Pakistani police said on Tuesday they were investigating the murder of a British-Pakistani woman whose husband has accused her family of killing her to protect its honour.
Mukhtar Kazim filed a complaint with police at Jhelum in Punjab province that alleged his wife, 28-year-old Samia Shahid, was the victim of an honour killing in her family´s village last week.
The couple had been married for two years and were living in Dubai. Samia was a beauty therapist from Bradford.
Kazim said in his first information report (FIR) he suspected that Samia's family had killed her because she married without their consent.
Samia’s parents have insisted she died of natural causes and her father told local media he did not want an investigation.
Mohammad Aqeel Abbas, the station house officer for Jhelum district who is investigating the case, said an autopsy was carried out immediately after Samia died. She was then buried in the village graveyard. There were no visible injuries or signs of violence on her body, he said.
A Foreign Office spokesman confirmed Samia’s death and said: “We are providing support to the family of a British national who has died in Pakistan, and are in contact with the local authorities to seek further information.”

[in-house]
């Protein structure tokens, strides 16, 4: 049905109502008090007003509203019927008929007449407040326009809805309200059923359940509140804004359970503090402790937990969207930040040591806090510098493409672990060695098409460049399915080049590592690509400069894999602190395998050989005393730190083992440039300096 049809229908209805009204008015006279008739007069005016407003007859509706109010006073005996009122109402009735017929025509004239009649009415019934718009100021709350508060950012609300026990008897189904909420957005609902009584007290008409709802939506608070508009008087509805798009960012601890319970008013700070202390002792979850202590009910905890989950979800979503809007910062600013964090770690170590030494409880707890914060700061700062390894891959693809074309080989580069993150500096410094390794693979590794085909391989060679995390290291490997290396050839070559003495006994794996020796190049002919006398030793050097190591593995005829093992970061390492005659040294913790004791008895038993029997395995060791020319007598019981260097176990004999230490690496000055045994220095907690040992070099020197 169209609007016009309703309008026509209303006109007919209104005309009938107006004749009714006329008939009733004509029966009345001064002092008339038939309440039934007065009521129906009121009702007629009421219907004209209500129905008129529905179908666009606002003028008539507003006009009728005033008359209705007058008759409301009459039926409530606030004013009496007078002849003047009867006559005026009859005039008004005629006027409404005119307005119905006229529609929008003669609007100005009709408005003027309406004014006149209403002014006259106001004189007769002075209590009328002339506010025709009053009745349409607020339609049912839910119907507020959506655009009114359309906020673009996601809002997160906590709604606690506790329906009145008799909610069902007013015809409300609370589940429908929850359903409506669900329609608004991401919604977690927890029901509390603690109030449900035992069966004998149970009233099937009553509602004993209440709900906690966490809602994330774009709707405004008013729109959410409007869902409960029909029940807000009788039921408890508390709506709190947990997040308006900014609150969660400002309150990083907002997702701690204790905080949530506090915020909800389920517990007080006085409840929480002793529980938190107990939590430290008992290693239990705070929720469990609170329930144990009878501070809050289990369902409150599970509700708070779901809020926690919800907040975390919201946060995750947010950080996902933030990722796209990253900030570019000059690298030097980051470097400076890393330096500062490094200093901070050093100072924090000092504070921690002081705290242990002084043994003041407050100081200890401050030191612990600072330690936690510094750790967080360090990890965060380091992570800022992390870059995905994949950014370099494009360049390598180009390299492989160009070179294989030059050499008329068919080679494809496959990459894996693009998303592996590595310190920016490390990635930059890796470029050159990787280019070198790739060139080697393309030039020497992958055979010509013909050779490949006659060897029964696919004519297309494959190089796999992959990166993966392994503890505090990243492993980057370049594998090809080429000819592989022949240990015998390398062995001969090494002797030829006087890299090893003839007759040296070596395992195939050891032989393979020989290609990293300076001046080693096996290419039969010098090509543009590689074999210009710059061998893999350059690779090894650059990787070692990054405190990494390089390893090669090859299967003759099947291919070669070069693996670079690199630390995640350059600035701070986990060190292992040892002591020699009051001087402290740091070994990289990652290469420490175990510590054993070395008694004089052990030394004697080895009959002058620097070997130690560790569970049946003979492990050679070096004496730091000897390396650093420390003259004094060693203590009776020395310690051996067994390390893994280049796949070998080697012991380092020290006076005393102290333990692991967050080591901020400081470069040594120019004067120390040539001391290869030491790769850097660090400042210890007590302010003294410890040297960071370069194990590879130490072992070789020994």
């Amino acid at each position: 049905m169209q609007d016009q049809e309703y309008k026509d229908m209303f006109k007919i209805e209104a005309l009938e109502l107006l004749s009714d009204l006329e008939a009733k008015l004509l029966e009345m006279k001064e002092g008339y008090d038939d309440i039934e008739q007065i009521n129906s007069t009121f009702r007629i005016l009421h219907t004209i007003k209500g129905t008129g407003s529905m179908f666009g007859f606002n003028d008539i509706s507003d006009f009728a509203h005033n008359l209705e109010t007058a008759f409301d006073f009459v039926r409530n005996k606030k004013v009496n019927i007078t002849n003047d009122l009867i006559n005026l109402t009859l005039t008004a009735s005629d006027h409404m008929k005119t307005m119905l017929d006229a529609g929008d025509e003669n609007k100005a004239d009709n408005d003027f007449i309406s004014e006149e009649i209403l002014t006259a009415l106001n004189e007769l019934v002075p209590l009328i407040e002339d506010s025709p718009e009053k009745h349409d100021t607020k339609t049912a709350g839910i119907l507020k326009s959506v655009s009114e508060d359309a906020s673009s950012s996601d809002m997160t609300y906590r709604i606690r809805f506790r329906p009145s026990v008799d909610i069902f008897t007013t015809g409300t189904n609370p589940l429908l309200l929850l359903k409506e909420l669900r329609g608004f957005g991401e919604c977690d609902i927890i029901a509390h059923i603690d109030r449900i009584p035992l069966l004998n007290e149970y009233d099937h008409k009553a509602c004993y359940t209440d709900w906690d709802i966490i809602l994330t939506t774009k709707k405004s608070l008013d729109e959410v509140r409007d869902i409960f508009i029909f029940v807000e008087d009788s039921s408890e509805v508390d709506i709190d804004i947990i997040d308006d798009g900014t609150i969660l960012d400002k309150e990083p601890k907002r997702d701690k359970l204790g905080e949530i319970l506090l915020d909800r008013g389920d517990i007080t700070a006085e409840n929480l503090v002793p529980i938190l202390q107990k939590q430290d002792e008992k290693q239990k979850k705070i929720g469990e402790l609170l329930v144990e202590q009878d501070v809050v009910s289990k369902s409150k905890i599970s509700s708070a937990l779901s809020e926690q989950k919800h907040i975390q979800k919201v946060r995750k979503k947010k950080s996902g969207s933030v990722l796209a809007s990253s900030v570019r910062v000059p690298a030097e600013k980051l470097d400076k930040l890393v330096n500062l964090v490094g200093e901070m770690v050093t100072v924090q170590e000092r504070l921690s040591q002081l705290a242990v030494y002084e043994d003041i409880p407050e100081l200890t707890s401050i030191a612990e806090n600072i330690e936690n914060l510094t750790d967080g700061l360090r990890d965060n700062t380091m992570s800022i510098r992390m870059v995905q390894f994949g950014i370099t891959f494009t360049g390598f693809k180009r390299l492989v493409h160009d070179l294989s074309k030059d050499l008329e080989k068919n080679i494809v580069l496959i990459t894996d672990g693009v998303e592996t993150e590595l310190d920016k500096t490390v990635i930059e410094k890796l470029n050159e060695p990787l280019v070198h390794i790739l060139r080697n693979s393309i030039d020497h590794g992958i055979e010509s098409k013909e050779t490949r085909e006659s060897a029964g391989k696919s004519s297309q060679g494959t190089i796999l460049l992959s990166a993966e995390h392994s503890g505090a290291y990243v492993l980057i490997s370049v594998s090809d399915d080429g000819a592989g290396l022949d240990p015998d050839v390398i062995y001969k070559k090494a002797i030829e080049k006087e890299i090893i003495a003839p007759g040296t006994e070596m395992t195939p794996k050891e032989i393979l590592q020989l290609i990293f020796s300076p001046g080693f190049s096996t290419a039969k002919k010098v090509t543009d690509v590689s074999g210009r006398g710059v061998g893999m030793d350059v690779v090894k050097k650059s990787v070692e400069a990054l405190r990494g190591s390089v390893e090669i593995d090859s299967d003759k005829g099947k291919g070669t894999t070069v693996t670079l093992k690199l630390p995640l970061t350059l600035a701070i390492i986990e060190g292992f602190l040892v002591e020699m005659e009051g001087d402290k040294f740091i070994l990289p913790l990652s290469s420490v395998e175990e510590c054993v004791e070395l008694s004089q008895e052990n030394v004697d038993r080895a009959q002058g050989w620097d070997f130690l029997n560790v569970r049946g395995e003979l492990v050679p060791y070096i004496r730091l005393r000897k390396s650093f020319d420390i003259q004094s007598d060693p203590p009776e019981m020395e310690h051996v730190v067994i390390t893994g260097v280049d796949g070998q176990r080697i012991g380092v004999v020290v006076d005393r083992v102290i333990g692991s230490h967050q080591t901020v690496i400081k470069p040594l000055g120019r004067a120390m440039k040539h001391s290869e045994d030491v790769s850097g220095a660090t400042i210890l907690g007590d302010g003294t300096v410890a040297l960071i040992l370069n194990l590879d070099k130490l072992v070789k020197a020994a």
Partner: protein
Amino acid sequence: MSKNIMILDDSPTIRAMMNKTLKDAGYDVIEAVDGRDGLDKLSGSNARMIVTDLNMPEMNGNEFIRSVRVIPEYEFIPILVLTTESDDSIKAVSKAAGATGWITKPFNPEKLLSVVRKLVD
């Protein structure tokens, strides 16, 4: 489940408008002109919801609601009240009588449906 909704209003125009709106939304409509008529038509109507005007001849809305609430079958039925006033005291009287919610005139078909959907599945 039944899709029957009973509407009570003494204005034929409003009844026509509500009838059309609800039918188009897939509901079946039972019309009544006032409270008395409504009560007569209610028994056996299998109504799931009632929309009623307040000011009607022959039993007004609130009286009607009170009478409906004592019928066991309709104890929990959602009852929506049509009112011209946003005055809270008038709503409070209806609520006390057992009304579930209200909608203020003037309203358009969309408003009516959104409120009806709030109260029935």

According to news reports, Kazim said Samia flew to Islamabad on July 14 after she was told that a relative was gravely ill in Pakistan. Samia was due to return last Thursday, but Kazam said one of her cousins called him on Wednesday and said she had died of a heart attack.
The issue of honour killings has been in the spotlight in Pakistan since social media sensation Qandeel Baloch was murdered, allegedly by her brother, in Punjab province earlier this month to “protect the family’s honour”. Hundreds of Pakistanis, the vast majority women and girls, are murdered every year by relatives after being accused of damaging a family’s honour. Most suspects in honour killings are never prosecuted.
The independent Human Rights Commission of Pakistan has reported nearly 1,100 women were killed last year by relatives who believed they had dishonoured their families.